In this article we interviewed Megan Reis, Communications Lead of Bantani Education, organization taking the role of group admin for the EntreCompEdu project.
EntreCompEdu wins the #SocialEuAward thanks to being different from the other projects. It’s not that common for us to find a project who uses Facebook Group for dissemination. What advantages do you have, for your project, from opening a Facebook group instead of a Facebook Page?
The great thing about Facebook Groups is that all members can participate and share. We have seen posts from project partners but also
but also from learners who took part in the training course. Groups also give you the chance to create a ‘safe space’. The Admin can set the privacy levels and member questions to make sure that only the right people post. We feel that having a safe space encourages discussion because members know that everyone else in the group is just as interested as they are. It is also great that members can see each other. With a Page, it’s just a number, but with a Group you can see the other members, maybe someone you have something in common with and find people to connect with.
In the group we can see different people, partners or not, sharing content. Is there someone who works as a mediator in the group? Did you have problems during these years with people posting out of topics or inappropriate content?
With EntreCompEdu in particular, Bantani takes on the role of group admin, which means regularly checking the group – at least a few times a week. It’s a good idea to check your notification settings that way you will get a notification each time someone posts, and it can quickly be checked. We have not experienced any inappropriate content in this group, however this has been a problem in other groups that Bantani is managing. There are a lot of spam accounts on Facebook, or legitimate users who unfortunately get hacked. My advice would be to set membership question and admin approval. This way only members who have been checked by an admin can join or post. If I ever see a spam post, I delete it and block the user.
Is your partnership strategy to follow an editorial plan or just leaving your network free to post content?
The EntreCompEdu project has finished so we are no longer following an editorial plan specific to the project, but we continue to post content related to other entrepreneurial learning projects such as EntreComp Europe – which as you know also uses Facebook groups! For the EntreComp Europe Facebook groups we run a mixed strategy: half the content is provided by Bantani directly to the partners and sent each quarter, and half is provided by the partners themselves. It is really easy to schedule posts in a Facebook group as the admin, this is a great way to make sure you are sharing content regulalry. Our biggest obstacle when it comes to implementing an editorial strategy is that not all our project partners have a dedicated communications team so they might not understand the power of social media, nor the details of how it works so we find the best plan is to provide the content ourselves – and allow them to adapt it. We encourage our members to post too.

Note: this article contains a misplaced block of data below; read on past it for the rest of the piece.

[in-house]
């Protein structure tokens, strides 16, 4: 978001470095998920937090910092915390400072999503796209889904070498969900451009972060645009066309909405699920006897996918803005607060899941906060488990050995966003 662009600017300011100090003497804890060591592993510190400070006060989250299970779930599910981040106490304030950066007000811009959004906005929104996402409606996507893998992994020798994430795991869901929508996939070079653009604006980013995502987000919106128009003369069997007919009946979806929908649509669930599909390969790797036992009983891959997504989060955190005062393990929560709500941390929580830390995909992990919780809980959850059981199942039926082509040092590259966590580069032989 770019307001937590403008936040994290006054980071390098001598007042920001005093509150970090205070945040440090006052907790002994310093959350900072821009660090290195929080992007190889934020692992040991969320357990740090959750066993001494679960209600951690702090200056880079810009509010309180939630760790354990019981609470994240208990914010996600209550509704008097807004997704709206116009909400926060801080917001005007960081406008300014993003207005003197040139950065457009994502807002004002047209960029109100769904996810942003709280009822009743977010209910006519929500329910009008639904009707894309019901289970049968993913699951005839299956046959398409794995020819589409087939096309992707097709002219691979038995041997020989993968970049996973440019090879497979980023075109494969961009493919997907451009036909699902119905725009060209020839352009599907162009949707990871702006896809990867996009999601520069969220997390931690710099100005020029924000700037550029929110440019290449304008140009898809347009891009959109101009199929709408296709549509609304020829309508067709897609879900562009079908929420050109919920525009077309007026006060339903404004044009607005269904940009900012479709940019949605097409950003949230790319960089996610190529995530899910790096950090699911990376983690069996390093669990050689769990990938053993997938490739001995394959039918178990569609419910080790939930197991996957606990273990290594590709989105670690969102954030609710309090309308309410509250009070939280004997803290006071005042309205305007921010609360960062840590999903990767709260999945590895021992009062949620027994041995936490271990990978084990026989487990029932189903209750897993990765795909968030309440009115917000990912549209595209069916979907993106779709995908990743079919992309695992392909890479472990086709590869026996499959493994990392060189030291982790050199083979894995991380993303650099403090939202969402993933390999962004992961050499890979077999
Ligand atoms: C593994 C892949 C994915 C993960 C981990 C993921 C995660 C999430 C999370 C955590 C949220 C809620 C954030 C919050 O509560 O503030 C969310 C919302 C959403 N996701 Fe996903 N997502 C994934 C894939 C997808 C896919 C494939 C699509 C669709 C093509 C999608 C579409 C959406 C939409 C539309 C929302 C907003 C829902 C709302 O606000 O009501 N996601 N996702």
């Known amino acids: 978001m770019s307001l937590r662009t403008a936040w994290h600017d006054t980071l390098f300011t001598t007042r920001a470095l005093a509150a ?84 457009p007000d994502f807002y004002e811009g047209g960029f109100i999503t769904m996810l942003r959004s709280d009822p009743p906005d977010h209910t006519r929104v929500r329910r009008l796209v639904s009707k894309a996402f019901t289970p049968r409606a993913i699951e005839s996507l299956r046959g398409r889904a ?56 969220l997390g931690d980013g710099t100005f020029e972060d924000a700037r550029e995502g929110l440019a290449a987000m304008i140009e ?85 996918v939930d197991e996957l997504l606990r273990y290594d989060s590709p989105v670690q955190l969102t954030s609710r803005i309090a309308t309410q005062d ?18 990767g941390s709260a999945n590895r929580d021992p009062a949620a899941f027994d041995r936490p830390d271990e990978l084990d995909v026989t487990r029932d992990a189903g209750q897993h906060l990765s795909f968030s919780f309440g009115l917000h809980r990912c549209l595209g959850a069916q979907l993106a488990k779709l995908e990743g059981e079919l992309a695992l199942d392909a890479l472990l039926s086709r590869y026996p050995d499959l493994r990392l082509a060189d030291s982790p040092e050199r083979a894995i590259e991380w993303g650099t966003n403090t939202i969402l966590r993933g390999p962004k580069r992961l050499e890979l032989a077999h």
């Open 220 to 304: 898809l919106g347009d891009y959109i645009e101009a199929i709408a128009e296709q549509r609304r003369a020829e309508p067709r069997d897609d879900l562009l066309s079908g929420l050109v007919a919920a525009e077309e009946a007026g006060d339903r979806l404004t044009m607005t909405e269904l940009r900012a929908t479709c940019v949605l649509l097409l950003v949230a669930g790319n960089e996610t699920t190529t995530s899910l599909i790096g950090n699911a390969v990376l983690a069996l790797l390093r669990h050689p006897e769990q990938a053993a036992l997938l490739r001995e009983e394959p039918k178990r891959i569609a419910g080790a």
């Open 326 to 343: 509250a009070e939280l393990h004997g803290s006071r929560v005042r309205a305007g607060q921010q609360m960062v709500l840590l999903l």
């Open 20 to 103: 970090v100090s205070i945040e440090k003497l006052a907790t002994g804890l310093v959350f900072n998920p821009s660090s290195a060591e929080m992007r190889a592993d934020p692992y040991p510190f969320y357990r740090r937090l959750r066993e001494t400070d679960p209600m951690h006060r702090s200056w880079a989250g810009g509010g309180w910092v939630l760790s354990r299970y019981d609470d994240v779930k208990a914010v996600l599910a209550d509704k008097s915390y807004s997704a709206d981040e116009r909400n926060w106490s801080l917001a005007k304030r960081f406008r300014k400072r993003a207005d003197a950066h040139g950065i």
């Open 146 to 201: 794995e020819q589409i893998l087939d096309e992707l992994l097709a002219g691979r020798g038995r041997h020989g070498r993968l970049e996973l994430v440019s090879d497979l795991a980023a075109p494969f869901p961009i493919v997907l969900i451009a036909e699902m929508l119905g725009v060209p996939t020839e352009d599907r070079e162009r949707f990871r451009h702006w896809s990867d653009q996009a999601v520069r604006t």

Even being in a group you need to pay attention to the statistics to create reports. How do you manage the Facebook Group results in order to fill the dissemination report?
Each month we complete a tracking report which features two very basic metrics: the number of users and the number of posts. This helps to see how much the group has grown in numbers and activity. This is something even entry level users can do, it doesn’t require any tools, and you can just keep track in an Excel. The group admin can also see more detailed reports by going to the ‘Insights’ tab of the group. I suggest doing this regularly as you can only see a maximum of 12 months in the group report. Data about the location or gender of your members can also be useful to create specific content for your audience.
Why would you suggest growing a network on a Facebook Group for dissemination what are the pros and cons?
I am not an expert in the Facebook algorithm, but I understand that community or group posts are prioritised over businesses and pages, the idea being that group posts are more likely to spark discussion and interaction. The biggest benefit is definitely the ability to have all
members post, not just admin. Our community have fantastic ideas which we are so pleased that they share with us. As with any social media profile it takes time, you need to be patient before your community starts to grow. It also takes dedication, posting regular content is really important, but it should be relevant so that your members react and comment. I would say the biggest downside is that (depending on the privacy settings) your content cannot go beyond the group. When we post on our company page for example this can be shared by anyone to anyone, in the group however only members will see the content which can of course limit the audience.